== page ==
“So,” Michel asked, “What’s the story?” 

Louis shook his head as if annoyed. “Don’t ask questions I said. Boy!” he called out, startling Michel. A ghostly child brought in a cart. Obviously, their state didn’t stop them from handling objects. On it was indeed a bowl of stew. Michel ate and while it was plain it was hot and hearty. 

Now, let’s see about getting out. 

Michel went to the door which was unlocked. He looked out. Louis and Boy seemed to be gone. 

This might be a trap. They could be invisible. 

Only one way to find out. 

Michel crept out of the bedroom, through the kitchen, and back up the stairs. At the top was a wooden door that led into a great hallway. At one time the place must have been beautiful. Now it was cobwebby and smelled of dirty tapestries. But Michel barely noticed because there was the front door. He was just turning the knob when a growly voice spoke from the shadows. 

“I can smell you. Also, there are wolves. You’re better off with me.’ 

Michel rubbed his shoulder again. “I doubt that. No offense.” 

“Maybe I should kill you, as you wished.” The monster strode to Michel who did his best not to flinch. His breath really was overpowering.  But what he said next surprised both of them. “Why do you want to die, anyway?” 

Michel sighed. “I told you why. I’m old and weary. That last barber-surgeon I saw said judging by the sound my heart won’t last much longer. He bled me but I only got worse. I don’t particularly want to die but it wouldn’t be-“ 

“The worse thing,” the monster said. ‘So, it seems better to keep you alive. A greater punishment.” He sighed, which was more like a hot wind in Michel’s face. “I suppose Louis let you out. I’ll need to... talk to him.” 

The things I do for people, Michel thought, not knowing if Louis could be hurt. He showed his picks, which the monster snatched. “Should have known, you being a thief and all. Get back to the servant’s quarters. And consider that better than you deserve.” 

Michel did just that. He slept in the lumpy bed and awoke at dawn. Once again, he slipped past Louis and back up the stairs. Maybe I can find some other way out of here. 

But the castle was more like a fortress, ruined as it was. The windows were shuttered against the bright sunlight, the front doors locked. So was a few side doors Michel tried. Eventually, he found a door that wasn’t locked. This led to a library that smelled greatly of wet dog mixed with bear.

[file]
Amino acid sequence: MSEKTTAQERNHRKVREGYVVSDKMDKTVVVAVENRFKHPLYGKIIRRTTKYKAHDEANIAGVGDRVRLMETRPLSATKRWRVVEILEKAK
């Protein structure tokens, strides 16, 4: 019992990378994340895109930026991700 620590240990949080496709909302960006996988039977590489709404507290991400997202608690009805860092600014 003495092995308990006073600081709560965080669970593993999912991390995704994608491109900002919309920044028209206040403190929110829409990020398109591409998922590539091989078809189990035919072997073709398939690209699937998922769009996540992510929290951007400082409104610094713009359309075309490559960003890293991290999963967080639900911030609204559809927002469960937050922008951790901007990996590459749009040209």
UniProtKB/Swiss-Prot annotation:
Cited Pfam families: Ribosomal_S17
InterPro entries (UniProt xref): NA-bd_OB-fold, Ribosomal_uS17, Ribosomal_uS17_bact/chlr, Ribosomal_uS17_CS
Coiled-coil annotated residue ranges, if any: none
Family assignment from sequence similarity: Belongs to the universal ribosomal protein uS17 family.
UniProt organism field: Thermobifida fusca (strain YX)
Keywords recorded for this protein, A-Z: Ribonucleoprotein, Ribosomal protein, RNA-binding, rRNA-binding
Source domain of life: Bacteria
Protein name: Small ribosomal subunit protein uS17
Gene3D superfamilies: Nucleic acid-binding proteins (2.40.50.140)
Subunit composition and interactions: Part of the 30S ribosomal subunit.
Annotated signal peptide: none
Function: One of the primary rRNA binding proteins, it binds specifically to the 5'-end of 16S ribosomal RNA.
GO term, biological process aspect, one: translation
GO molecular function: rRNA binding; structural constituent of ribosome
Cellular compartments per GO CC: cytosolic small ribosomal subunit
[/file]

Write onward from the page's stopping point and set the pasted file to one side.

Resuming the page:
Wonderful, Michel thought. The monster spent time here. He should leave. But something drew him to the middle of the room. For in a vase was a single rose. It was as white as snow with pink-edged petals, nothing like Michel ever saw before. Drops of water sparkled on the petals as if it had just been freshly watered. And the smell! It reminded him of his daughter’s cakes, sweet and nourishing. But yet it had a faint smell underneath. It was of something dying. 

This flower is at the center of this enchantment, Michel thought. And if I was smart, I’d get the hell out of here. 

A snarl told him it was too late for that. He spun and backed away from the flower, towards the far wall, and away from the monster. 

“M-My apologies, M-Milord,” he said. “I-I merely wished to find a book. To pass the time.” 

“I’m no longer any lord,” the monster growled. “But you’re a liar. You probably can’t even read.” 

 Actually, I can.” Michel shouted back. “Not all us peasants are unlearned. And while we’re at it I was more than a common thief. Throw in heretic, assassin, and thug for hire. All for a good cause though. We were fighting against the Inquisition,” he said. “So at least now you can kill me with a clear conscience.” 

“I have-a heretic in my house?” 

You imprisoned me,” Michel replied. He saw the monster’s eyes narrow. Then he growled. But his body also shook in such a way Michel wondered if he was...laughing. 

You have balls, I’ll give you that,” he said. “Bigger than is good for you.” 

“So I’ve been told,” Michel muttered to himself. 

The monster stared for a long moment while Michel wondered for the thousandth time if he was about to die. Finally, he said, “if you really can read, help yourself to the books. Touch the flower, and-” at this point, he drew a claw across his throat. Michel swallowed and nodded.